- Increase in investments
- Decrease in savings
- Increase in exports
- Decrease in imports
these six factors, the first four factors, will result in the rise in the level of disposable income. The increase in aggregate income result in the increase in aggregate demand for goods and services, causing demand-pull inflation.
Definition of Cost-Push Inflation
Cost push inflation means the increase in the general price level caused by the rise in prices of the factors of production, due to the shortage of inputs i.e. labour, raw material, capital, etc. It results in the decrease in the supply of outputs which mainly use these inputs. So, the rise in prices of the goods emerges from the supply side.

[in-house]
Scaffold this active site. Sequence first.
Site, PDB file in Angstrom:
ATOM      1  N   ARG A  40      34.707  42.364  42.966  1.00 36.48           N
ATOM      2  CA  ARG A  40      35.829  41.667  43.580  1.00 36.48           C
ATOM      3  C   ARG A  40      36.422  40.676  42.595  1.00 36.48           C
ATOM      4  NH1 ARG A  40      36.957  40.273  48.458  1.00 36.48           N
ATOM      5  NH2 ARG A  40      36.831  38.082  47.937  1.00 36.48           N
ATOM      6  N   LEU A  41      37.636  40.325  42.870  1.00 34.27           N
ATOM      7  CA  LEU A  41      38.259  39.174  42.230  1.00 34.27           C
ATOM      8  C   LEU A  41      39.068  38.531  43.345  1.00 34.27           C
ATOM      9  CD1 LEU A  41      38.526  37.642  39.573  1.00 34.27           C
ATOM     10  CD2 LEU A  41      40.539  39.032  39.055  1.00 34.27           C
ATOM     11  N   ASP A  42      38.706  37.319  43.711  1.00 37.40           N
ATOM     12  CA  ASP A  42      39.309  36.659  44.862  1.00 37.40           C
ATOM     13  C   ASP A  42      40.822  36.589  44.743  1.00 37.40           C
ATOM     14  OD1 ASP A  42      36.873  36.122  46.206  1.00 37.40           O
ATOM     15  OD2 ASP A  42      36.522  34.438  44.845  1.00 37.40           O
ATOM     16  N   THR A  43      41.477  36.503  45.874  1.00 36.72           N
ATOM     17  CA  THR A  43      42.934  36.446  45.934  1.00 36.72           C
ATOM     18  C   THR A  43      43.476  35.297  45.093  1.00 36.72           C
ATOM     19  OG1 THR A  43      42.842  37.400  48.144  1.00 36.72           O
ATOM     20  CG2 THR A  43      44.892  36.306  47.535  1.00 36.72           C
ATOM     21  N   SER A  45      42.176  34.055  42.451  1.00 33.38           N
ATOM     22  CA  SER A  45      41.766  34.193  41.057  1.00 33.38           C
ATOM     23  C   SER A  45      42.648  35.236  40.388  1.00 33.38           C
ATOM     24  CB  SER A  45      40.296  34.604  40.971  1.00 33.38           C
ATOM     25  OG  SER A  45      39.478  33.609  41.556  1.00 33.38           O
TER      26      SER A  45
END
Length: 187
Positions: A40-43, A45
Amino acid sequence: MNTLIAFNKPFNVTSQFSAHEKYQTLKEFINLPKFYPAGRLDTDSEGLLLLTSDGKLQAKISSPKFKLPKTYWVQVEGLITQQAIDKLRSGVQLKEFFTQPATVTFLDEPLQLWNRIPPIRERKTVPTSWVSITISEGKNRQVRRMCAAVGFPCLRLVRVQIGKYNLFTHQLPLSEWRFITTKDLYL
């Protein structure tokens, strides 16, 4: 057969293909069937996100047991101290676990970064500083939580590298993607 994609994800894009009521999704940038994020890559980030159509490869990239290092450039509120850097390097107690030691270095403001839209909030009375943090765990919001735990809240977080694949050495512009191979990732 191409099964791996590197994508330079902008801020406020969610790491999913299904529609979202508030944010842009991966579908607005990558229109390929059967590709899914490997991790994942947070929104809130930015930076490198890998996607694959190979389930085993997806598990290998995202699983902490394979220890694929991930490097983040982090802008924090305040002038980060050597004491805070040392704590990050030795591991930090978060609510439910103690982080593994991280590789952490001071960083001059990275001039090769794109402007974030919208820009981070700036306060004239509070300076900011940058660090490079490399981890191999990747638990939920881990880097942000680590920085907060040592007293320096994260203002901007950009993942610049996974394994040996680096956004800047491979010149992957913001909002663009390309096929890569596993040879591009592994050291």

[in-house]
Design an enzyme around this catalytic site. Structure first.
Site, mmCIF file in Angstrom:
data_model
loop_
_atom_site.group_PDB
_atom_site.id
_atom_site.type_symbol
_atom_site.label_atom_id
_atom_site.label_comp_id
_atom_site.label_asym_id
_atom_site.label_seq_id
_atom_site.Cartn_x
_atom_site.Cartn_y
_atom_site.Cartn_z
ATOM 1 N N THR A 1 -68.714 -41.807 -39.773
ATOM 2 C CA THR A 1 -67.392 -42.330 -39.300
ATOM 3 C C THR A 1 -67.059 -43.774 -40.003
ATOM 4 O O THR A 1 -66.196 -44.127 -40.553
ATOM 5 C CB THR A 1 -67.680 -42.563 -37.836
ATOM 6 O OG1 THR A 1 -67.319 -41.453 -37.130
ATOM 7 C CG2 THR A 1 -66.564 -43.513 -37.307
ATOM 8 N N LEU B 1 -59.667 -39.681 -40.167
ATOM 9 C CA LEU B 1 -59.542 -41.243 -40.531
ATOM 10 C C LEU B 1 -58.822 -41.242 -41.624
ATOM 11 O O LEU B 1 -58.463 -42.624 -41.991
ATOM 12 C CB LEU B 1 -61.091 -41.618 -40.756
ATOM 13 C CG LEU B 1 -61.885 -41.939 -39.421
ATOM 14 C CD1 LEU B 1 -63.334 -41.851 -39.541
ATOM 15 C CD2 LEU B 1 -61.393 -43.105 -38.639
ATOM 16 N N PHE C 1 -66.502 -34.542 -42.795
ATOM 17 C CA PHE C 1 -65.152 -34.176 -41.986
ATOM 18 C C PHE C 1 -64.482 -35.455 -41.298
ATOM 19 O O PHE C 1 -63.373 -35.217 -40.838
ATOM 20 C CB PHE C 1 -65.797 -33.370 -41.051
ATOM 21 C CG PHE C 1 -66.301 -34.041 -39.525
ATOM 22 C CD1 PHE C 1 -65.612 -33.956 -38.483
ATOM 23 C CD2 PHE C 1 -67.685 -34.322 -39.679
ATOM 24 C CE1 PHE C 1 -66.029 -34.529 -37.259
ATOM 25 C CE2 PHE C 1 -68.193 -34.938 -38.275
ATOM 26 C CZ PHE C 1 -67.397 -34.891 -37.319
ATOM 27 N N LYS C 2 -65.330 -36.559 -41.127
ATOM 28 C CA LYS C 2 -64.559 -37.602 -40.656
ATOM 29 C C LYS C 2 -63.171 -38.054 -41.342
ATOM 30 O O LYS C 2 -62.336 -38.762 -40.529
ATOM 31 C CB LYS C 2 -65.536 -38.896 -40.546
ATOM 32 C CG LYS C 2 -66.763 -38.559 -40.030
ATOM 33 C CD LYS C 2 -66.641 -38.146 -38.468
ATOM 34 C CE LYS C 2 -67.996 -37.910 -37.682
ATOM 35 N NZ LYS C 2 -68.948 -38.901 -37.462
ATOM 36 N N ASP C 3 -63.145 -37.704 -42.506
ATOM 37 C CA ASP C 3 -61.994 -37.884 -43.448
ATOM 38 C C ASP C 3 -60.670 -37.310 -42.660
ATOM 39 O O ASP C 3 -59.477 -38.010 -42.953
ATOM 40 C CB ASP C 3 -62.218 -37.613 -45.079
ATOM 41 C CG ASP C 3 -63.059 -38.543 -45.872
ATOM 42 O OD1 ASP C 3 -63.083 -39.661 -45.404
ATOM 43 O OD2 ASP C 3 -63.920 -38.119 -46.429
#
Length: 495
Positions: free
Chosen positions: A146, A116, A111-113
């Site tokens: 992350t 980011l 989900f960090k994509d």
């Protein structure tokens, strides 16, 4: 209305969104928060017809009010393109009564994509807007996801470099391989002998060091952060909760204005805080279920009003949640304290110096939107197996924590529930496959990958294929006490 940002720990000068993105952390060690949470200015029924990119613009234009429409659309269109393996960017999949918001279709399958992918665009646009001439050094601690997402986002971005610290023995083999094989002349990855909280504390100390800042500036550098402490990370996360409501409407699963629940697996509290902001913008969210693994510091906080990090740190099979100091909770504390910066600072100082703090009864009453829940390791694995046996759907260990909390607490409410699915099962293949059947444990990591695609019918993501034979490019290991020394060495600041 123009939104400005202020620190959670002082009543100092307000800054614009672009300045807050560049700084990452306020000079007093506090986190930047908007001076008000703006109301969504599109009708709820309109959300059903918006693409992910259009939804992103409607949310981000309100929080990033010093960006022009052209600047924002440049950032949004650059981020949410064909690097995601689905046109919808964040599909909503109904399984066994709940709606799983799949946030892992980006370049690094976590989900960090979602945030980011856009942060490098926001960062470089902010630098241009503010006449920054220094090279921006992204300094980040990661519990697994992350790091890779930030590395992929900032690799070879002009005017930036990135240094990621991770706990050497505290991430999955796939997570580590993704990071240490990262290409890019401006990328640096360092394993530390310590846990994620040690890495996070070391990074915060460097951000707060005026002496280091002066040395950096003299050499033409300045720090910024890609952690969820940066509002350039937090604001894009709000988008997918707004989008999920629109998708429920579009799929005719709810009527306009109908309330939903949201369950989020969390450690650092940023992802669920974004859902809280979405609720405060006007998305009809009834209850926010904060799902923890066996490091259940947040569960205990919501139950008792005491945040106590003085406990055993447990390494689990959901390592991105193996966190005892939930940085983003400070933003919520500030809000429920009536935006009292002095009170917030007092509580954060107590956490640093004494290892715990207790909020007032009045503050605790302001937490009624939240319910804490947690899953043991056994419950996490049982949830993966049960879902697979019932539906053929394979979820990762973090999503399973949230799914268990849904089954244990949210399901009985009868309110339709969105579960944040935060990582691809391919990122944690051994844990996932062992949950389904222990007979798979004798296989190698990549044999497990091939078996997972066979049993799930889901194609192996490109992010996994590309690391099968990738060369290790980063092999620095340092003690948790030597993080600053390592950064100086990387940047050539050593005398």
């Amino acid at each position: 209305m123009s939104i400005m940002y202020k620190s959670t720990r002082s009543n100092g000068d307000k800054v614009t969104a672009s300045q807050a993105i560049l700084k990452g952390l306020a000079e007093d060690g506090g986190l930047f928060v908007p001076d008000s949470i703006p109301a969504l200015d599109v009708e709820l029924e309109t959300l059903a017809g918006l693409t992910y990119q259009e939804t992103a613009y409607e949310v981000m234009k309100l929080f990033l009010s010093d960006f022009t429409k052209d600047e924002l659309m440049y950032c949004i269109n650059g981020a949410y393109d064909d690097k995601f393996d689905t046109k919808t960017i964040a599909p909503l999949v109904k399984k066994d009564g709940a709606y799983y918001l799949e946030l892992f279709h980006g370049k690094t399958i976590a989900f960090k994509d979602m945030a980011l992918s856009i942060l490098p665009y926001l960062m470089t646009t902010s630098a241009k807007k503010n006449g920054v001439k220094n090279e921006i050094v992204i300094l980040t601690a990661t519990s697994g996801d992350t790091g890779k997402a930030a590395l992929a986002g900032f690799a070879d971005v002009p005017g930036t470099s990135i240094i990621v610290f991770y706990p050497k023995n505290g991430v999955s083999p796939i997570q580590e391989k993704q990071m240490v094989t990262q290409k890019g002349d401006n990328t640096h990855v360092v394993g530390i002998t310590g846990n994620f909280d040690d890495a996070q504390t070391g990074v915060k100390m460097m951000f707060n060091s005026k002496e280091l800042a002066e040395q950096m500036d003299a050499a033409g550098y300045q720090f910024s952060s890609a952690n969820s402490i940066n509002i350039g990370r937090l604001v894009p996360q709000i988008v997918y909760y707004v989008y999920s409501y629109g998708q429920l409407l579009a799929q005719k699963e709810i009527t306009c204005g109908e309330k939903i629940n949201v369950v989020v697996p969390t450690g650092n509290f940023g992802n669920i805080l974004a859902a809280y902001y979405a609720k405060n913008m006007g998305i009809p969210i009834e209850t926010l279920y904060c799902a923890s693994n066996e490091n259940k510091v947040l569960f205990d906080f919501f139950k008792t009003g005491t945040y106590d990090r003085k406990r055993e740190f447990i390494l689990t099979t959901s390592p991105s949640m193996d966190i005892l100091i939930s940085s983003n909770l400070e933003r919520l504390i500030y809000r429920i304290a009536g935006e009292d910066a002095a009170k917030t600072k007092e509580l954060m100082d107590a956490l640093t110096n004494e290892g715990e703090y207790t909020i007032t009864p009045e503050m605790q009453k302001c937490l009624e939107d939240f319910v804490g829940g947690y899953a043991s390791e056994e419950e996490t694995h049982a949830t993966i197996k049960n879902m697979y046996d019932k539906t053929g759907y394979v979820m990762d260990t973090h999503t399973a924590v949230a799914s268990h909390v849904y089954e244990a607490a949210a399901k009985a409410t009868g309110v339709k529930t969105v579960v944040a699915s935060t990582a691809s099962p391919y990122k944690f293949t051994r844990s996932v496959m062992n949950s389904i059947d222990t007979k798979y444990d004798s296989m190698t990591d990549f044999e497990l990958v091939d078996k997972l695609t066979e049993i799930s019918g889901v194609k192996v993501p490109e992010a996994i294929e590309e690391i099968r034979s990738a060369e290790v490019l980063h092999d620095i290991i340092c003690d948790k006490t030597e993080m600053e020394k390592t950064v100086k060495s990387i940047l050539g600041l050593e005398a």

Moreover, cost-push inflation may also be caused by depletion of natural resources, monopoly and so on. There are three kinds of cost-push inflation:
- Wage-push inflation: When the monopolistic groups of the society labour union exercise their monopoly power, to enhance their money wages above the competitive level, which cause an increase in the cost of production.
- Profit-push inflation: When the monopoly power is used by the firms operating in the monopolistic and oligopolistic market to increase their profit margin, leading to rise in the price of goods and services.
- Supply shock inflation: A type of inflation arising due to unexpected fall in the supply of necessary consumer goods or major industrial inputs.
The differences between dDemand-pull and cost-push inflation can be drawn clearly on the following grounds:
- Demand-pull inflation arises when the aggregate demand increases at a faster rate than aggregate supply. Cost-Push Inflation is a result of an increase in the price of inputs due to the shortage of cost of production, leading to decrease in the supply of outputs.